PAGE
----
Eye disease afflicts many Americans. While most people might experience eye irritation and blurry vision, age-related eye disorders can seriously affect those over 60 years old. Common age-related eye diseases are cataracts, retinal detachment, glaucoma, diabetic retinopathy, dry eye syndrome, macular degeneration, and presbyopia. Regular eye exams, eye surgery and lasik eye surgery can help to reduce age-related eye diseases. Atlanta has many qualified ophthalmologists and optometrists who are qualified to help Atlanta seniors. Regular eye checkups can help with early detection and to prevent vision loss.

The Atlanta Senior Resources Directory is the most comprehensive, fully researched and human-verified senior guide in the Metro Atlanta area. Provided free of charge to the public and professionals alike, it is filled with extensive resources useful to Atlanta area seniors, their families and caregivers. Some of the senior information resources are: Atlanta senior housing, Atlanta retirement living, Atlanta assisted living and personal care homes, Atlanta nursing homes, Atlanta hospice care, Atlanta in-patient hospice, Atlanta senior health care, Atlanta Alzheimer's and memory care, Atlanta home health care, Atlanta private home care, Metro Atlanta hospitals, classes, senior activities, adult day care, assistance, referral services, and much more.

Five Atlanta editions cover 12 counties: Cobb County, Cherokee County, Fulton County, DeKalb County, Gwinnett County, Hall County, Forsyth County, Douglas County, Fayette County, Clayton County, Henry County and Rockdale County. Additional Atlanta area counties covered by this website are: Banks County, Barrow County, Bartow County, Butts County, Carroll County, Clarke County, Coweta County, Dawson County, Floyd County, Gilmer County, Gordon County, Haralson County, Jackson County, Jasper County, Lumpkin County, Morgan County, Newton County, Oconee County, Paulding County, Pickens County, Polk County, Spalding County and Walton County.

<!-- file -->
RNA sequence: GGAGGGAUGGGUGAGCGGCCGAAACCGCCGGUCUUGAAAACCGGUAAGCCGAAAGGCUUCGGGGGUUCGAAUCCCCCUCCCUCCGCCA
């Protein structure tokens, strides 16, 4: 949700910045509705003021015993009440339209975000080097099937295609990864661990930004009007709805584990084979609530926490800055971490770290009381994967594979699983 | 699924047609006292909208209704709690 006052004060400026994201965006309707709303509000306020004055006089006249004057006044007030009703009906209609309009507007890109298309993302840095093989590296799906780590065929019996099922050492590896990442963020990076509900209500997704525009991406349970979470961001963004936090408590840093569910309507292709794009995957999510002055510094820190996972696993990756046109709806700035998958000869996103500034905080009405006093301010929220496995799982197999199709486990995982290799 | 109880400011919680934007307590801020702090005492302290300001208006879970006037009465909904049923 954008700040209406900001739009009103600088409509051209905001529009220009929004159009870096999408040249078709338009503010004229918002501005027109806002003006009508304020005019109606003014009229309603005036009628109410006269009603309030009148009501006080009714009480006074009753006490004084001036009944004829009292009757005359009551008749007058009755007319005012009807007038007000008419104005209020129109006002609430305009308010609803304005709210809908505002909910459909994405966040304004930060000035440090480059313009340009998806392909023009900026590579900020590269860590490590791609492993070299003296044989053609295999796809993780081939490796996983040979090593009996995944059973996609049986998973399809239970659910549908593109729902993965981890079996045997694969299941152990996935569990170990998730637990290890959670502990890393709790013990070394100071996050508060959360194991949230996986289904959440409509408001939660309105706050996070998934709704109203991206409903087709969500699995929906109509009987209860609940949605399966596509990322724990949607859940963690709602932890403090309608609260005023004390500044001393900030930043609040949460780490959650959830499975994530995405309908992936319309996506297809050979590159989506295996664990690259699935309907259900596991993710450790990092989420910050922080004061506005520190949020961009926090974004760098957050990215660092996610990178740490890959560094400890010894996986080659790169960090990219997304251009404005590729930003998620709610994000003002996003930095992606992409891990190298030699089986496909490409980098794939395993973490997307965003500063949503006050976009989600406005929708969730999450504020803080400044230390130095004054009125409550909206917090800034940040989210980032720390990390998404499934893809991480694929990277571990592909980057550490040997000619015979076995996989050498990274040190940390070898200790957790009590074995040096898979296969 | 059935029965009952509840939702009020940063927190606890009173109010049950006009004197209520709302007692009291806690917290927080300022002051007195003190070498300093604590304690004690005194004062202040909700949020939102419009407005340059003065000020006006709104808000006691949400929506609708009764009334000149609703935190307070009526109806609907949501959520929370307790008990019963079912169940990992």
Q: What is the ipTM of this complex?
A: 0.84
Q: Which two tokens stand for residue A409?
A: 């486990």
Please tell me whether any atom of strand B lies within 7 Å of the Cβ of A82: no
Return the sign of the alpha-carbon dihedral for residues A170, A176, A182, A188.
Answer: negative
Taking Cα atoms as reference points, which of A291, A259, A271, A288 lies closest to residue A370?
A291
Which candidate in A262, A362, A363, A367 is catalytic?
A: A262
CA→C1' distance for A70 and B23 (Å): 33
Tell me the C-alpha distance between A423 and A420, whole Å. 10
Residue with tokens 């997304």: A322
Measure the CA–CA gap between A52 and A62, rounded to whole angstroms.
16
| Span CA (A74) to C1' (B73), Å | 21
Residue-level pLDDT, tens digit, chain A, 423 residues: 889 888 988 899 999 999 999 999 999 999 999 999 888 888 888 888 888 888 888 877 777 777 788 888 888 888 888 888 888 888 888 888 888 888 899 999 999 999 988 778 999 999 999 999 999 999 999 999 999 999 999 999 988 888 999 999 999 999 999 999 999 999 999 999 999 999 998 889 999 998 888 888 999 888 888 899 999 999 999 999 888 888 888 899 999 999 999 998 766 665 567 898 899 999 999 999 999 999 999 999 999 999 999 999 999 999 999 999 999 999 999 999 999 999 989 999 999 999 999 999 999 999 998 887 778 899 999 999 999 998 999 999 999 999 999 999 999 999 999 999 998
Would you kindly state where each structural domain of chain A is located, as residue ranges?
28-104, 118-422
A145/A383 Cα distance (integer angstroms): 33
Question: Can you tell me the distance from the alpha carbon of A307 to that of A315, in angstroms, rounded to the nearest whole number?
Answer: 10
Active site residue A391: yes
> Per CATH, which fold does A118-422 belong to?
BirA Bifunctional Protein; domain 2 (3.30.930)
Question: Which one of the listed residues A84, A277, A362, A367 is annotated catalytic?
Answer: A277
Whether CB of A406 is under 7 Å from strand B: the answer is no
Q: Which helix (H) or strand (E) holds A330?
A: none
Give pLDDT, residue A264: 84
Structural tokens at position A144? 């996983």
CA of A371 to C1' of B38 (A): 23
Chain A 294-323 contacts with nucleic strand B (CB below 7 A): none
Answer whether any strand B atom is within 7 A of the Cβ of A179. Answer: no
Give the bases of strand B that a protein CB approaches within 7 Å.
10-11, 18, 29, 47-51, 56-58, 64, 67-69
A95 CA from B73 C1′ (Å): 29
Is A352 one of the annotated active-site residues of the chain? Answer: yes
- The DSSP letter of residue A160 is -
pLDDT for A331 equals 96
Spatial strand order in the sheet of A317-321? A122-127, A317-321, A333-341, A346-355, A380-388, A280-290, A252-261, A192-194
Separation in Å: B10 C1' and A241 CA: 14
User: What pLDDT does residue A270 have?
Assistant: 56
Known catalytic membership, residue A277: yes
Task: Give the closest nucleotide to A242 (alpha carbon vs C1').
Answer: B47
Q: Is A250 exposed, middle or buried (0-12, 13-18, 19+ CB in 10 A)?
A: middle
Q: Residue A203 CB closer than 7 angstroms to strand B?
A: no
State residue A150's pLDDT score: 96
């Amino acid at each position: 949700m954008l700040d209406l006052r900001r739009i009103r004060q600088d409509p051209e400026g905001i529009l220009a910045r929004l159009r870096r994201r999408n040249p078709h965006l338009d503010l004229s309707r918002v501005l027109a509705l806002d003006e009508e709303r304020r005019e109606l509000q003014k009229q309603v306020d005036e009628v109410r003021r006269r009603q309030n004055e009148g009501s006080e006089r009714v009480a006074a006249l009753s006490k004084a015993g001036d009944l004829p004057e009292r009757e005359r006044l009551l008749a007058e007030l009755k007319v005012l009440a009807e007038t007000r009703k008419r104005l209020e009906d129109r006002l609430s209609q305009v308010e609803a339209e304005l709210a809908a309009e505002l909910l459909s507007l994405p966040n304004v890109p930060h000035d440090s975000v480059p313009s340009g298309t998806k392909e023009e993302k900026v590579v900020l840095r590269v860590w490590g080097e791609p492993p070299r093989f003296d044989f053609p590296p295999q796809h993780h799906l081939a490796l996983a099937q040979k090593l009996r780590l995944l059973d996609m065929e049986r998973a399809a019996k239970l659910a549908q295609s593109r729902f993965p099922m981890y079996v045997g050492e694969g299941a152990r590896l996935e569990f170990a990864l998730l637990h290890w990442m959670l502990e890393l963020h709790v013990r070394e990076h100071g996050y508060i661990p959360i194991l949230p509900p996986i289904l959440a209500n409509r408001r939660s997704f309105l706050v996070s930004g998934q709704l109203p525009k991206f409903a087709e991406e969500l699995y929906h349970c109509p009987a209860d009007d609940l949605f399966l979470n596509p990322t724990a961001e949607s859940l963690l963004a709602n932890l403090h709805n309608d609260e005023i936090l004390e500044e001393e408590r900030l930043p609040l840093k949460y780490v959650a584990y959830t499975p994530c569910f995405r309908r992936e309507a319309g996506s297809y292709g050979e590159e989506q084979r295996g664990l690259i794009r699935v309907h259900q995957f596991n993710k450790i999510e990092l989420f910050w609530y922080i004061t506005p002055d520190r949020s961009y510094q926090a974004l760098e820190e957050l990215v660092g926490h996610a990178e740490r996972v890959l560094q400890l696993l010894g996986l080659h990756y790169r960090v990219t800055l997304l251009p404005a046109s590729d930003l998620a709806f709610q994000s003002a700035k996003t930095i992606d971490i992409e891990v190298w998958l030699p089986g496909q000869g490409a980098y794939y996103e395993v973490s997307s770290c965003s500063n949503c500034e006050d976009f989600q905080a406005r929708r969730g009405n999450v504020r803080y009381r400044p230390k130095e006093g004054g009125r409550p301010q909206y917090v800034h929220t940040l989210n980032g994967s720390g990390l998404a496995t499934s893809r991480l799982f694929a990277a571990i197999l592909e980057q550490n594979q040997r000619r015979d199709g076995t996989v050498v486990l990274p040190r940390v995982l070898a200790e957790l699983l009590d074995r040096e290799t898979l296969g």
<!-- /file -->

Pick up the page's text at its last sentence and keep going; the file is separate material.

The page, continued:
An Optician is an eye care professional who provides corrective lenses based on a refraction prescription supplied by an optometrist or an ophthalmologist.

An Optometrist is a Doctor of Optometry, an O.D. (not to be confused with a Doctor of Medicine, an M.D.). To become an optometrist, one must complete pre-professional undergraduate college education followed by 4 years of professional education in a college of optometry. Some optometrists also do a residency.

An Ophthalmologist is an eye M.D., a medical doctor who is specialized in eye and vision care. Ophthalmologists are trained to provide the full spectrum of eye care, from prescribing glasses and contact lenses to complex and delicate eye surgery.

After 4 years of medical school and a year of internship, every ophthalmologist spends a minimum of 3 years of residency (hospital-based training) in ophthalmology. During residency, the eye M.D. receives special training in all aspects of eye care, including prevention, diagnosis, and medical and surgical treatment of eye conditions and diseases. An ophthalmologist may spend an additional year or two in training in a sub-specialty.


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